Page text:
On that fateful homecoming from visiting my in-laws for Thanksgiving, this is what I’d planned to have for dinner. The ravioli were already filled and formed in the freezer, just requiring a quick drop in simmering water and a trip through a skillet of butter. But coming home to disaster made even that seem overwhelming; instead, we ate toppingless chili from the freezer in between shop-vaccing up buckets of water.
These are still in the freezer, and at least that’s one advantage of this mess. Actually, my freezer is stuffed to the brim now. In the absence of any other outlet for that stereotypical late pregnancy nesting urge, I cooked. I cooked until the freezer in the rental house was overflowing, then I transferred some meals to our home freezer, and cooked some more.
We’ve moved back home now, but there’s plenty of work to do before the house is back to normal. I have a feeling I’ll be very, very grateful to have a freezer full of food once I have a newborn on top of a million house chores. This meal, combining some of my favorite ingredients, will be saved for something special – maybe the day we get doors installed.
Butternut Squash, Goat Cheese, and Pancetta Ravioli with Sage Browned Butter
Serves 8 as a first course or 4 as a main course
I made my pasta using this method and the following ingredients: 5 ounces flour, pinch salt, 1 egg, 2 egg yolks, and ½ teaspoon olive oil.
6 ounces pancetta, diced into ¼-inch cubes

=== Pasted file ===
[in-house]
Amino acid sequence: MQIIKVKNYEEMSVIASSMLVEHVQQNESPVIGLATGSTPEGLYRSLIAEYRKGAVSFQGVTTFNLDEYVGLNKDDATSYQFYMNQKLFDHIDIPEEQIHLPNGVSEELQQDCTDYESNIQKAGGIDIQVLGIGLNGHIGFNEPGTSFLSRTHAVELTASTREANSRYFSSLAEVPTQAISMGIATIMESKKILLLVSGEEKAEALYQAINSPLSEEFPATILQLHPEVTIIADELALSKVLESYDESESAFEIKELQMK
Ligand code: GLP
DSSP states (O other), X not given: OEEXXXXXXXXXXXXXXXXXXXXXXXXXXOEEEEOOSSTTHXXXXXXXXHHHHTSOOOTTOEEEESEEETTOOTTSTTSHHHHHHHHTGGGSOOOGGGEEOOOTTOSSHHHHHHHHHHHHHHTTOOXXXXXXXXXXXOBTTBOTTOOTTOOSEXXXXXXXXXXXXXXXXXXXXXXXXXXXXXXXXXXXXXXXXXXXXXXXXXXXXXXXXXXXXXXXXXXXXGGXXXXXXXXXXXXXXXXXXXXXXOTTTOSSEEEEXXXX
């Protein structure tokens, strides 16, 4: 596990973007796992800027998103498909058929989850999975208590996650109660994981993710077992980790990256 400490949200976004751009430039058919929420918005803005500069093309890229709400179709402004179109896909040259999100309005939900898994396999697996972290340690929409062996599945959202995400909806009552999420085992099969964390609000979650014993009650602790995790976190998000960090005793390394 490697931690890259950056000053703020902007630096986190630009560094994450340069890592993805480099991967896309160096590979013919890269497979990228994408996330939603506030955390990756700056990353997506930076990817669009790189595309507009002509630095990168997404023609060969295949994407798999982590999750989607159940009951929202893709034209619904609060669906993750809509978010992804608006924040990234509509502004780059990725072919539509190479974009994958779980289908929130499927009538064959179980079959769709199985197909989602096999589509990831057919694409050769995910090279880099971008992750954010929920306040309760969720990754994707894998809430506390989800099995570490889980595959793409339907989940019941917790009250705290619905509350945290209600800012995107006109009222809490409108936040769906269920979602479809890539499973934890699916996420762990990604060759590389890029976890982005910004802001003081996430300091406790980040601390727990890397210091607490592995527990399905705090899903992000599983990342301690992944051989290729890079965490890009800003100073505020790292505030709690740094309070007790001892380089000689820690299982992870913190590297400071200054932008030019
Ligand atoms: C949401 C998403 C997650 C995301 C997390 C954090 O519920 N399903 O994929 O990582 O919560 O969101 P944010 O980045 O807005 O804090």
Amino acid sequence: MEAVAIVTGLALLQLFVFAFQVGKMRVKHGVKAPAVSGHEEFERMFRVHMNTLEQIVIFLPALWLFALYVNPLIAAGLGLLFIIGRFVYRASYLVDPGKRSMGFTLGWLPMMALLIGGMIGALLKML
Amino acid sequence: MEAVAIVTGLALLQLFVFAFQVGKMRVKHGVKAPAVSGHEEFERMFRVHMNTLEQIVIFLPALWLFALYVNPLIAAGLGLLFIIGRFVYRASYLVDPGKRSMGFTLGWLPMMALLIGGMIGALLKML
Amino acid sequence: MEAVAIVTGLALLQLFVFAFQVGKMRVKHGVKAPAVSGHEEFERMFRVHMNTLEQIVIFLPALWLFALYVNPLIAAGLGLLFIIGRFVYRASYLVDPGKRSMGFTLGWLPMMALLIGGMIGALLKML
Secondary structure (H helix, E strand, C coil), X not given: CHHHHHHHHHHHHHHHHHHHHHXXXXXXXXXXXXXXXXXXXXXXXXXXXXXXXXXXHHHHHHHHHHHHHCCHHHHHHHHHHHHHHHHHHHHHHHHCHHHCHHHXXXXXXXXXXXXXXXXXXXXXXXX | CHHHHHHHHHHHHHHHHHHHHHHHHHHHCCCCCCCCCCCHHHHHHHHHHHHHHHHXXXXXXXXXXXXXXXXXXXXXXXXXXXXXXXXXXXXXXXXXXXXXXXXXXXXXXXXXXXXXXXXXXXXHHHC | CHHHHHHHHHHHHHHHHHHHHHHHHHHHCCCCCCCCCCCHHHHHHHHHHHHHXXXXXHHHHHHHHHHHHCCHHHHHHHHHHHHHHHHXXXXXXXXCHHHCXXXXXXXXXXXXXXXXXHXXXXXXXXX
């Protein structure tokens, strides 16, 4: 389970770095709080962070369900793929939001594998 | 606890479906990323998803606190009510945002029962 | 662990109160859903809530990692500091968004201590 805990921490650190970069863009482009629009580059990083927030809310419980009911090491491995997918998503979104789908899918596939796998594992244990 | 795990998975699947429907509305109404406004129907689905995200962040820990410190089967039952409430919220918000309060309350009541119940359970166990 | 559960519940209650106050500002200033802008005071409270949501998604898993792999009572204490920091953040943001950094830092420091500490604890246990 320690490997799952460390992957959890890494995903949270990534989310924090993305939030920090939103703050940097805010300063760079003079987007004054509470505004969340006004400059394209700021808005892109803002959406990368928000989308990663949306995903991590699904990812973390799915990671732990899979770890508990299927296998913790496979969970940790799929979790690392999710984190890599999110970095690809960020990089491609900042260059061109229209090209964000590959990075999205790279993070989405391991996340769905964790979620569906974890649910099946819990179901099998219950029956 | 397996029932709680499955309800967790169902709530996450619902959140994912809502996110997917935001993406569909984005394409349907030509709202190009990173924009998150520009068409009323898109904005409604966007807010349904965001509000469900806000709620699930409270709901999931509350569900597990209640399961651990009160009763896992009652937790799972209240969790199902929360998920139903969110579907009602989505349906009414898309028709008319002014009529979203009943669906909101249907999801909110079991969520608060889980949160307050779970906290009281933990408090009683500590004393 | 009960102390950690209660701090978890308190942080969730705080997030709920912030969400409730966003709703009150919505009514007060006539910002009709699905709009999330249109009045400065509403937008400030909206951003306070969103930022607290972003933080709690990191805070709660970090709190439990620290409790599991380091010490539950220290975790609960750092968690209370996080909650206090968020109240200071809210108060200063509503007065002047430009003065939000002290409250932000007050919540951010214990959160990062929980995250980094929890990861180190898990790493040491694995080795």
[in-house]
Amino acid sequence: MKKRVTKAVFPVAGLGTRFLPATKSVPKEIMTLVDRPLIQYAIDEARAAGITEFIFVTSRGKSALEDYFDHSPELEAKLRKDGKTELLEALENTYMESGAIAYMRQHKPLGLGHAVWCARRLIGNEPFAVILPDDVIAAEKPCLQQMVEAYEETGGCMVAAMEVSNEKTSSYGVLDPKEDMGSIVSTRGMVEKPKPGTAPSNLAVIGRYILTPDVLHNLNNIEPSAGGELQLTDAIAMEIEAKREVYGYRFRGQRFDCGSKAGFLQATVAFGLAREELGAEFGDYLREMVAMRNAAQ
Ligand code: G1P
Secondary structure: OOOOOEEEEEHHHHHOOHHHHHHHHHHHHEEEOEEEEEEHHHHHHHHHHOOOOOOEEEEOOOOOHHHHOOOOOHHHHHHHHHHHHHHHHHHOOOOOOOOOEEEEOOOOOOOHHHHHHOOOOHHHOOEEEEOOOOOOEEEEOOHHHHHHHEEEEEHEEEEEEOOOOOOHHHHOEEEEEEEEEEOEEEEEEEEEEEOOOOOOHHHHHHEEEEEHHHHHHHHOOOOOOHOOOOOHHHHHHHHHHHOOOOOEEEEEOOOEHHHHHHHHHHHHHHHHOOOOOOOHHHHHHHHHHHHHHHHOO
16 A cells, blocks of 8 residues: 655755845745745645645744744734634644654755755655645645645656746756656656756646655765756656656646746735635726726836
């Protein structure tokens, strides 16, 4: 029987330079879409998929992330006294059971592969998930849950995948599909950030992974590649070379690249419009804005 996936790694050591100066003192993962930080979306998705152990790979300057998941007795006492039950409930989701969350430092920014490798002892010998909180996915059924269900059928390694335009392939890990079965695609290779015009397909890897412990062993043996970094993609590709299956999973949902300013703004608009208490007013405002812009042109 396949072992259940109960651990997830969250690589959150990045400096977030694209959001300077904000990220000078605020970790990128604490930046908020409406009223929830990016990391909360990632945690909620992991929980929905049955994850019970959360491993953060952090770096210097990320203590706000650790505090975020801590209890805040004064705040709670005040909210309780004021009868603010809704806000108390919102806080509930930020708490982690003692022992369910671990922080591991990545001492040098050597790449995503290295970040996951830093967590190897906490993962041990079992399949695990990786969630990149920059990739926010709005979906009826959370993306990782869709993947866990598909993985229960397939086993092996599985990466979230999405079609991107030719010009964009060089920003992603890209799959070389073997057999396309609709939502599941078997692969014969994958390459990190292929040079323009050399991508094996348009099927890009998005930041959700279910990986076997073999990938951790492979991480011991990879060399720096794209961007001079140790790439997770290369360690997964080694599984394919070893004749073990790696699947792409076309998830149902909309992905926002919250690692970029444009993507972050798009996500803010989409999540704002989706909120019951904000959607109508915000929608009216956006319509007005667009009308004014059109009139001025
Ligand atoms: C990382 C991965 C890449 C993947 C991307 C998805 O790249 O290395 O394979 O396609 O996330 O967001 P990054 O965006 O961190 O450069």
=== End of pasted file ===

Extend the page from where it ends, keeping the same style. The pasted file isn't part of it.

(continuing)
1 onion, diced fine
1 small butternut squash, peeled, diced into ½-inch cubes
1 teaspoon fresh thyme leaves, minced
5 ounces goat cheese
2 ounces (1 cup) grated parmesan
8 ounces fresh pasta, rolled to the second-to-last setting on a pasta roller
6 tablespoons unsalted butter, melted
12 sage leaves, sliced
1. In a 12-inch nonstick skillet over medium heat, cook the pancetta until crisp, about 8 minutes. Using a slotted spoon, transfer the pancetta to a large bowl. Drain the fat in the pan into a small bowl. Transfer 1 tablespoon of fat back to the pan and add the onions. Cook, stirring occasionally, until the onions are lightly browned around the edges, about 8 minutes. Transfer the onions to the bowl with the pancetta. Add another 1 tablespoon reserved pancetta fat to the pan; add the squash. Cover the pan and cook, stirring occasionally, until the squash is browned and tender, about 15 minutes. Use a potato masher to lightly mash the squash, then transfer it to the bowl with the onions and pancetta. Add the thyme, goat cheese, nutmeg, parmesan, and additional salt to taste to the bowl; stir to combine.
2. Place one rounded tablespoon of filling every 2 inches along the length of a pasta sheet. Use a pastry brush dipped in water to wet the pasta along the long edges and between the filling. Fold the pasta sheet lengthwise over the filling, pressing around each ball of filling to seal the two layers of pasta together. Use a pizza cutter to cut between the filling to form squares of ravioli. Store the ravioli on a dry dish towel. Repeat with the remaining dough and filling. (Ravioli can be formed several hours in advance and covered and refrigerated or can be flash-frozen, then transferred to freezer bags and frozen for several weeks. Do not defrost before cooking.)
3. In a large skillet, brown the butter with sage and a generous pinch of salt. Bring a large pot of water to a boil; add a tablespoon of salt and lower the heat until the water is at a lively simmer. Boil the ravioli in small batches for about 2 minutes. Use a slotted spoon to transfer the ravioli from the cooking water to the butter; simmer and shake over medium-high heat until the ravioli are evenly coated. Serve immediately, with additional parmesan if desired.